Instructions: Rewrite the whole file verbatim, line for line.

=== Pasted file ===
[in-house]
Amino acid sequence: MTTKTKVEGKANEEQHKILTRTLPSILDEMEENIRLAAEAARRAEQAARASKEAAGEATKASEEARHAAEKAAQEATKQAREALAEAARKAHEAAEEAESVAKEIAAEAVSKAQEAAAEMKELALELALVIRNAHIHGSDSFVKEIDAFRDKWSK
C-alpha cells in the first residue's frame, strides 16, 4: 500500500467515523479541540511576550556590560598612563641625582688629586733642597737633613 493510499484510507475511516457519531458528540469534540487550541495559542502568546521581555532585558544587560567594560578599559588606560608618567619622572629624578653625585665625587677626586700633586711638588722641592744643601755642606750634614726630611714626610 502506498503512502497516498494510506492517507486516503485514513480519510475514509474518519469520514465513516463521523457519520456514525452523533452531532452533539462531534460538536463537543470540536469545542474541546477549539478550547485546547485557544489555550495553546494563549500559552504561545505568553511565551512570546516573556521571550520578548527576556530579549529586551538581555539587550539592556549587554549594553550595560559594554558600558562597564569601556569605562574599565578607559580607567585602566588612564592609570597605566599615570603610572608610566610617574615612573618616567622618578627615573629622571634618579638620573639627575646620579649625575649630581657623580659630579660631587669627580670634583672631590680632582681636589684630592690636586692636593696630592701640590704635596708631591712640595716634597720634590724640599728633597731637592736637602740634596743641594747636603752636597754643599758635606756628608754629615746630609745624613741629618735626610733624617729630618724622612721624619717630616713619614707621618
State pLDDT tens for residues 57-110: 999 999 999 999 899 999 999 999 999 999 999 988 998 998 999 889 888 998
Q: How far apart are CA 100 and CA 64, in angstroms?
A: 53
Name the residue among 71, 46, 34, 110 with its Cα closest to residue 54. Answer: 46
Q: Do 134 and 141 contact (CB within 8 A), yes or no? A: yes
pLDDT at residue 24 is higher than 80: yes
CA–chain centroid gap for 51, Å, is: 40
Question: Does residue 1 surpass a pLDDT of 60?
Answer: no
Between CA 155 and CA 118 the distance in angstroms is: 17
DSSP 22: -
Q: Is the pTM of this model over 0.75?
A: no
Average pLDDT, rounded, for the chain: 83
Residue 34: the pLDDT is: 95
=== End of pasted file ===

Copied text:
[in-house]
Amino acid sequence: MTTKTKVEGKANEEQHKILTRTLPSILDEMEENIRLAAEAARRAEQAARASKEAAGEATKASEEARHAAEKAAQEATKQAREALAEAARKAHEAAEEAESVAKEIAAEAVSKAQEAAAEMKELALELALVIRNAHIHGSDSFVKEIDAFRDKWSK
C-alpha cells in the first residue's frame, strides 16, 4: 500500500467515523479541540511576550556590560598612563641625582688629586733642597737633613 493510499484510507475511516457519531458528540469534540487550541495559542502568546521581555532585558544587560567594560578599559588606560608618567619622572629624578653625585665625587677626586700633586711638588722641592744643601755642606750634614726630611714626610 502506498503512502497516498494510506492517507486516503485514513480519510475514509474518519469520514465513516463521523457519520456514525452523533452531532452533539462531534460538536463537543470540536469545542474541546477549539478550547485546547485557544489555550495553546494563549500559552504561545505568553511565551512570546516573556521571550520578548527576556530579549529586551538581555539587550539592556549587554549594553550595560559594554558600558562597564569601556569605562574599565578607559580607567585602566588612564592609570597605566599615570603610572608610566610617574615612573618616567622618578627615573629622571634618579638620573639627575646620579649625575649630581657623580659630579660631587669627580670634583672631590680632582681636589684630592690636586692636593696630592701640590704635596708631591712640595716634597720634590724640599728633597731637592736637602740634596743641594747636603752636597754643599758635606756628608754629615746630609745624613741629618735626610733624617729630618724622612721624619717630616713619614707621618
State pLDDT tens for residues 57-110: 999 999 999 999 899 999 999 999 999 999 999 988 998 998 999 889 888 998
Q: How far apart are CA 100 and CA 64, in angstroms?
A: 53
Name the residue among 71, 46, 34, 110 with its Cα closest to residue 54. Answer: 46
Q: Do 134 and 141 contact (CB within 8 A), yes or no? A: yes
pLDDT at residue 24 is higher than 80: yes
CA–chain centroid gap for 51, Å, is: 40
Question: Does residue 1 surpass a pLDDT of 60?
Answer: no
Between CA 155 and CA 118 the distance in angstroms is: 17
DSSP 22: -
Q: Is the pTM of this model over 0.75?
A: no
Average pLDDT, rounded, for the chain: 83
Residue 34: the pLDDT is: 95